Haul Rd:MacK

Horseback riders on the beach at MacKerricher are treated to amazing views. All of this is about a 5-10-minute walk from the campground:

Horses MacKerricher

Waterfowl (and kayakers) love ocean-adjacent Cleone Lake, a freshwater lake that was formed when the haul road was built, blocking incoming seawater.

Cleone Lake

I practically stepped on these ducks right at the lake’s shoreline. I can’t believe they let me get this close:

Ducks:Cleone L

From the Mendocino coast, it was a long, varied drive to the next night’s camp, Prairie Creek Redwoods State Park. The coast was stunning and went on. And on. And on. I’m not complaining. The weather was clear, sunny and warm, and the views beyond impressive.

North Coast beach

However, despite the majestic avenues of redwoods, the inland drive through Humboldt County (100 degrees or so) was a bit too warm for my taste. This guy didn’t seem to mind tho:


Frankly, with the road twisting and turning so much, a good part of my memory of it is a bit of a blur. I did make stops in Eureka (Target for a new towel, which I left behind at MacKerricher, and Lost Coast Brewery, for the obligatory T-shirt for boyfriend) and Trinidad, one of my favorite towns in California:

Trinidad harbor

I was eager to get to my campsite at Gold Bluffs Beach, but also a little worried about what my pit mix Blue’s reaction would be to the hordes of Roosevelt elk that roam the park and campgrounds. I found out as soon as I got to the elk jam at the park entrance:

Elk jam

After closing the windows during Blue’s barking fit — some of the elk turned their heads toward us so I knew they heard her  — I waited till the creatures passed, then proceeded the six-mile drive to the campground. The drive is along a wondrous route shaded by old-growth redwoods, which thrive in the ever-present coastal fog. Prairie Creek is one of three parks that make up Redwood State and National Parks, which protect 45% of the state’s coast redwoods.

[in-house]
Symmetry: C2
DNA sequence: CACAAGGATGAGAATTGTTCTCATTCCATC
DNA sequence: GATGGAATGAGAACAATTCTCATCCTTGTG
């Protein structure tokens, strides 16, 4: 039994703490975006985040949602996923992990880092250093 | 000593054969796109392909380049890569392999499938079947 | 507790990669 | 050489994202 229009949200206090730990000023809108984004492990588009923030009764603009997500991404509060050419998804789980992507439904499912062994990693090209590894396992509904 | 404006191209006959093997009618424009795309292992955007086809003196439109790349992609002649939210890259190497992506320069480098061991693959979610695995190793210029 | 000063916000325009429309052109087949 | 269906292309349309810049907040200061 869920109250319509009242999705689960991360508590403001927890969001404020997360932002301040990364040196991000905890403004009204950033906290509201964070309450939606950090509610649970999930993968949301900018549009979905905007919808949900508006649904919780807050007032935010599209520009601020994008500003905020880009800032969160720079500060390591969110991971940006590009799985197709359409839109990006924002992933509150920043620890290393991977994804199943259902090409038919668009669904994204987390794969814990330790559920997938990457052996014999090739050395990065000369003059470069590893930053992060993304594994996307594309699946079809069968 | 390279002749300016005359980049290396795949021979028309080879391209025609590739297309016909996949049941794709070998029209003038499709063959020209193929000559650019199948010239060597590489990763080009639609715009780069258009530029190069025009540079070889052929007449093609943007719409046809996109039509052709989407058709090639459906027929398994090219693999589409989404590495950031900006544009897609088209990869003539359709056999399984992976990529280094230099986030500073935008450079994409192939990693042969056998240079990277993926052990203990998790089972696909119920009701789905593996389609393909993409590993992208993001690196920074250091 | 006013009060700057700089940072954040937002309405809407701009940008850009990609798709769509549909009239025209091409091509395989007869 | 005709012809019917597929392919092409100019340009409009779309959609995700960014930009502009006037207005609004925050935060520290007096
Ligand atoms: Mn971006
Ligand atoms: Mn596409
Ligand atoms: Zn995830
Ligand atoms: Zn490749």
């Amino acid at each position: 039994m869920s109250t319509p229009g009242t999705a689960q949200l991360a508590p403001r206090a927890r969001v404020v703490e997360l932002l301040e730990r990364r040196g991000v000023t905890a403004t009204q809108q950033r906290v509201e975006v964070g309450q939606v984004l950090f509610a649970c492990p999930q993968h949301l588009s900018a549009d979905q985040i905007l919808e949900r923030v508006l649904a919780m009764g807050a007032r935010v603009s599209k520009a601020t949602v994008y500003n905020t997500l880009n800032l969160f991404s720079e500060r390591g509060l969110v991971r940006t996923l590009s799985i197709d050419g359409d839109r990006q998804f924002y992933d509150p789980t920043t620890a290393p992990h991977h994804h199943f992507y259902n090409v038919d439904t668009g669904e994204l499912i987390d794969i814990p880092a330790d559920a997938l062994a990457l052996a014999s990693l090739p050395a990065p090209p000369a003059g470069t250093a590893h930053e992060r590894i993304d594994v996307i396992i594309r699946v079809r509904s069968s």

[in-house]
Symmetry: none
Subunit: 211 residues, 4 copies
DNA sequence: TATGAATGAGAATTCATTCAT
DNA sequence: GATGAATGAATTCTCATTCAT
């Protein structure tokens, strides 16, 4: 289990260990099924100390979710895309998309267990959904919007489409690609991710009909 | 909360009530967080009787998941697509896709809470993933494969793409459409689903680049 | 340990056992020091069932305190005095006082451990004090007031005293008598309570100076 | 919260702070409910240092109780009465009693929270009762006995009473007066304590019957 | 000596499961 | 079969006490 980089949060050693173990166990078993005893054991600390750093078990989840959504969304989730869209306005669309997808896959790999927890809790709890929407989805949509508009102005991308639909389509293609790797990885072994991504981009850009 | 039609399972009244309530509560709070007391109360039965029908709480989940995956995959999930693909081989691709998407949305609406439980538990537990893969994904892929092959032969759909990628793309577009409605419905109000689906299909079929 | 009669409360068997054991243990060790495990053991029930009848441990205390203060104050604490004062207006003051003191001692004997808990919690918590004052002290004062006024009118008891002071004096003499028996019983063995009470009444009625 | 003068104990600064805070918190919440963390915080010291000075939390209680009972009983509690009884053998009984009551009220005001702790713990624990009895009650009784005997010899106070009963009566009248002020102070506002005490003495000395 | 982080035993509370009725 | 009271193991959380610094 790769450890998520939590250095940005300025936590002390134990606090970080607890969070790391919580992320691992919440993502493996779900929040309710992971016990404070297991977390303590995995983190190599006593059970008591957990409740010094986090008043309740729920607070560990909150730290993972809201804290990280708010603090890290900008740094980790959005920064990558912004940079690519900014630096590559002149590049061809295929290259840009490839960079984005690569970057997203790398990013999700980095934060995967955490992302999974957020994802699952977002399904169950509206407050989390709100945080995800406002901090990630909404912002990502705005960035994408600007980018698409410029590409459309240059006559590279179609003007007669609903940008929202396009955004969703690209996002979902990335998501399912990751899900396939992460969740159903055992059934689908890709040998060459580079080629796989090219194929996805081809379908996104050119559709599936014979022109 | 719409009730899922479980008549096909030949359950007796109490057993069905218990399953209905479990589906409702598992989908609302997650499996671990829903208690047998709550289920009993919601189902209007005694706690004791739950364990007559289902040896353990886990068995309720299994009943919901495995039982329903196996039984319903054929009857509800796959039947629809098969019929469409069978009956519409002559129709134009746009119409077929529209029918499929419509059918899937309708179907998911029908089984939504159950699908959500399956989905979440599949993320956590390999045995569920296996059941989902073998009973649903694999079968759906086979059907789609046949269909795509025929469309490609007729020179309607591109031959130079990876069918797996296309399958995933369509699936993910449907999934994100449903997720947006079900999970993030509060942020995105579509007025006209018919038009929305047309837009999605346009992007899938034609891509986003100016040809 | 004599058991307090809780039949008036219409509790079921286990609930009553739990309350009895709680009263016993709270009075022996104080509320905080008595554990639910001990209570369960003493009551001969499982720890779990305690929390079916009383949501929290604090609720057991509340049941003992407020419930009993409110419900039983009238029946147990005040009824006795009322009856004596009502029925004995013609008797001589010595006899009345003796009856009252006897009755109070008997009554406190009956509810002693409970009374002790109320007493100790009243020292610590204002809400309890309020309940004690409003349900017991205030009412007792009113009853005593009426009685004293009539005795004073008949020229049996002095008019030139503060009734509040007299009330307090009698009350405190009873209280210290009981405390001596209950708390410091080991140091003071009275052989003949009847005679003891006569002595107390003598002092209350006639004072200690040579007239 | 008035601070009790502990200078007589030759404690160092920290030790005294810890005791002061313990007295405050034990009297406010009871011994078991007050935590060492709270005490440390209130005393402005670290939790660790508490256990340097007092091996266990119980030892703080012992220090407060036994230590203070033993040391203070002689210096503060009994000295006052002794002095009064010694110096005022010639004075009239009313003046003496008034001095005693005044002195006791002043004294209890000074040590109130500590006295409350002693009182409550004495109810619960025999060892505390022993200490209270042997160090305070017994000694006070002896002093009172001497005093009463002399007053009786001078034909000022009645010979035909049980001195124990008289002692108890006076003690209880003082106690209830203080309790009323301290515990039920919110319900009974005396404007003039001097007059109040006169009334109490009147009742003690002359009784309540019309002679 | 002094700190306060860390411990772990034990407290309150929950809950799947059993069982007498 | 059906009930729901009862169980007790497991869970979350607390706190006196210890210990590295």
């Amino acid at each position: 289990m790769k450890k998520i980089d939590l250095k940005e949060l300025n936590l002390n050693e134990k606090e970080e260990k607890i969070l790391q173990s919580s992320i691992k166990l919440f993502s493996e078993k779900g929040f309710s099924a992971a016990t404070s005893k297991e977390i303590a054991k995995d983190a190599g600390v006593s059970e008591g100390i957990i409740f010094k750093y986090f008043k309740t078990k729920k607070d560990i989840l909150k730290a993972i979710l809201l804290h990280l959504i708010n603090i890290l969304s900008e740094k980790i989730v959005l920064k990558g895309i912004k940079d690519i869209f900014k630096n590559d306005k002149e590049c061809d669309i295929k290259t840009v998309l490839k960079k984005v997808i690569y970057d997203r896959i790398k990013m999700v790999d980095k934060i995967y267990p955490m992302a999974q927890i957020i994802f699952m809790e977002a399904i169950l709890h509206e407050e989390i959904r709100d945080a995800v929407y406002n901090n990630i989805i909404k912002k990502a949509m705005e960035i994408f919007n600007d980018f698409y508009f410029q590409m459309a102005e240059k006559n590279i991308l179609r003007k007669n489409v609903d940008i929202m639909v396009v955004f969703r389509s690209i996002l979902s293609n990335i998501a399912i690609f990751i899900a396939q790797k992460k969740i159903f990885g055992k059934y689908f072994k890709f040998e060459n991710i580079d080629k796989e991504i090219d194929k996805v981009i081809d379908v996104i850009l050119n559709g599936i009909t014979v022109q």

Reservations are a must at Gold Bluffs Beach, which has only 26 campsites (mostly tents, yay!), and I was lucky to snag a site. At road’s end, it was thrilling to see the ocean and a smattering of tents under the bluffs and in the meadow along the beach. This is one of the finest places I’ve ever camped — isolated, quiet and stunningly scenic.

Gold Bluffs tent

Blue grazed on mounds of purple “wind sailors,” a type of jellyfish called vellela vellela that clog shorelines in the summer when the waters are warm. Surely an early sign of El Niño. Other wildlife included a fox, whose calling cards all over the campground and a visit to our campsite made Blue break out in into howls.

Blue:Gold Bluffs copy

I really lucked out with the weather, which was superb. And the sunset was spectacular:

Gold Bluffs sunset 1

The only downside of the Gold Bluffs campground was frigid water in the bathrooms. Cold tap water in the sink and showers, which barely spit out water. Luckily I was heading to an Oregon state park, home to the gold standard of campground facilities.

The warm and sunny weather continued as I motored into southern Oregon, stopping in Bandon for an ice coffee and to pick up that night’s campfire dinner from Bandon Fish Market. Into the cooler went a nice little slab of fresh coho salmon for $6, which made my day.